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Joint International Doctoral (Ph.D.) degree in Law, Science and Technology Crowdsourcing for Smart Governance: Challenges and Possibilities INTRODUCTION

PROBLEM STATEMENT

Crowdsourcing:

Features of previous crowdsourcing initiatives:

!  Crowdsourcing is the combination of two words crowd and outsourcing coined by Jeff Howe and published in a June 2006 Wired magazine article "The Rise of Crowdsourcing .

"  Most of the initiatives are for profit-making purpose.

!  Oxford English Dictionary (June 2013) defines Crowdsourcing as Practice of obtaining information or sources by soliciting input from a large number of people . (www.senatehouselibrary.ac.uk/) My definition: !  Crowdsourcing is the process of finding needed information and service for a common goal from a large number of people .

CASE STUDIES Amazon Mechanical Turk

"  Most of them are web based initiatives, so they don t address the issue of digital divide. "  Very few mobile-based initiatives. However they are not intended to address day-to-day governance issues. "  Very few web-based crowdsourcing initiatives to address day-today governance issues. So, most of the citizens are not allowed to participate in the governance process. "  Most of the mobile-based initiatives are one-off type. (e.g. an initiative to discuss about governance issues just before the election with no continuation after the election).

!  Two types (based on the intended purpose of use): "  Crowdsourcing for profit-making: (e.g. Acrobat.com Ideas; Amazon Mechanical Turk; BMW Virtual Innovation Agency; BMW Customer Innovation Lab; BLDG 2.0; Cisco iPrize; Dell IdeaStrom; Innovate with Kraft; Dewmocracy; My Starbucks Idea; Nokia Concept Lounge; Oracle Mix; Hewlett-Packard IT Resource Center; LG Design the Future; Intel/ ASUS WePC; Call for investments in Film Industry, India). "  Crowdsourcing for not for profit-making: (e.g. Monitoring postelection violence in Kenya, 2007; Haiti earthquake, 2010; Constitution amendment in Iceland 2011; Criminal Law amendment in India 2013; Uttarakhand Flood Crisis mapping 2013; VAW Monitoring Map in Bangladesh 2011; Drafting a new UK Constitution, 2013; e-Purjee service, Bangladesh; RapidSMS, Ethiopia; MedAfrica; JobMatch). !  Some Facts and Figures: Mobile penetration rate in World (86.7%), India (75%) and Bangladesh (62%); Nigeria has 32 million cell phone users but only 8 million web users; the ratio between cell phone and web users in Bangladesh is 30:1; In the world the active mobile broadband subscription is 17% but active fixed line broadband subscription is only 8.5% (ITU 2011). 40% of adults use their mobile phones for internet, e-mail or instant messaging (Mobile Access 2011). Based on the previous progress rate, it could be estimated that by 2017, mobile penetration rate would be 100%. So, after 2017 mobile phone would be the most effective tool for governments to connect 100% of their citizen.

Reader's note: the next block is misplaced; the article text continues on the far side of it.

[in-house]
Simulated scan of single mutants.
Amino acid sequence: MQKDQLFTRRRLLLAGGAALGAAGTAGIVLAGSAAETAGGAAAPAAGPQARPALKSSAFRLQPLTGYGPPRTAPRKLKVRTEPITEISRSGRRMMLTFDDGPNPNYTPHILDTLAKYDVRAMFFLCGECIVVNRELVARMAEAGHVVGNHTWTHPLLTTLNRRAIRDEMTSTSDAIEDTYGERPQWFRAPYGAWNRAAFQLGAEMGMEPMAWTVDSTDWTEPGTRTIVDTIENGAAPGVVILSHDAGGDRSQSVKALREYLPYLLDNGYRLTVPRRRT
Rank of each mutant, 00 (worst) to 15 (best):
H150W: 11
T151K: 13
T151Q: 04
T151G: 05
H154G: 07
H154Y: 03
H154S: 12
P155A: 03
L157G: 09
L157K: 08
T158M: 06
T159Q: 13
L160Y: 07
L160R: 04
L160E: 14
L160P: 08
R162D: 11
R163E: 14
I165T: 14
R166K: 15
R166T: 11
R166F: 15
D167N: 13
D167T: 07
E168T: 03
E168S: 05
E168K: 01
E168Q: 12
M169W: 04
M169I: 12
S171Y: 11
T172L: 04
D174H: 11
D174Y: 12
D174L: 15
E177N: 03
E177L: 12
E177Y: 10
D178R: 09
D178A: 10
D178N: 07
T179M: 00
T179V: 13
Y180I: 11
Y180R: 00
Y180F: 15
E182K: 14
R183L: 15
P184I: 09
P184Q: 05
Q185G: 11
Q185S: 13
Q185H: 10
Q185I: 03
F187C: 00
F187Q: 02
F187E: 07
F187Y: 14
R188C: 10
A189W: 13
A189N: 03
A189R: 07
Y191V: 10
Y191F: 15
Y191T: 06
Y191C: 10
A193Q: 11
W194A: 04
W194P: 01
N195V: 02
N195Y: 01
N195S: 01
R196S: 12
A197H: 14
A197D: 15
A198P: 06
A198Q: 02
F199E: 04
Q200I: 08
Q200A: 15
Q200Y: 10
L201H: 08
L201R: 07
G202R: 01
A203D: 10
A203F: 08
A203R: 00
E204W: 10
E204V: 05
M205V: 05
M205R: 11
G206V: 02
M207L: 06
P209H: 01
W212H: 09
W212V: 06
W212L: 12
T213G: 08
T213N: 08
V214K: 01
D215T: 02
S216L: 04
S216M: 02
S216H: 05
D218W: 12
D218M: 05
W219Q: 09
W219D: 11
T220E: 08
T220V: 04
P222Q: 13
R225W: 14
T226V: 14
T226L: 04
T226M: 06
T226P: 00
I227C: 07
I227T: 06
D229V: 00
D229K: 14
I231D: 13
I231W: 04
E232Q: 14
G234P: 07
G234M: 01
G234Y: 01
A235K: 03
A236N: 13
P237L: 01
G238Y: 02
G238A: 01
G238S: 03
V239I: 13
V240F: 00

Amazon Mechanical Turk is a crowdsourcing online marketplace that enables individuals or businesses to coordinate the use of human intelligence to perform tasks that computers are currently unable to do. The Requesters are able to post tasks known as Human Intelligence Tasks . Workers can Source: https://www.mturk.com/ existing tasksamong and complete them for a monetary payment set by the then browse Requester.

medAfrica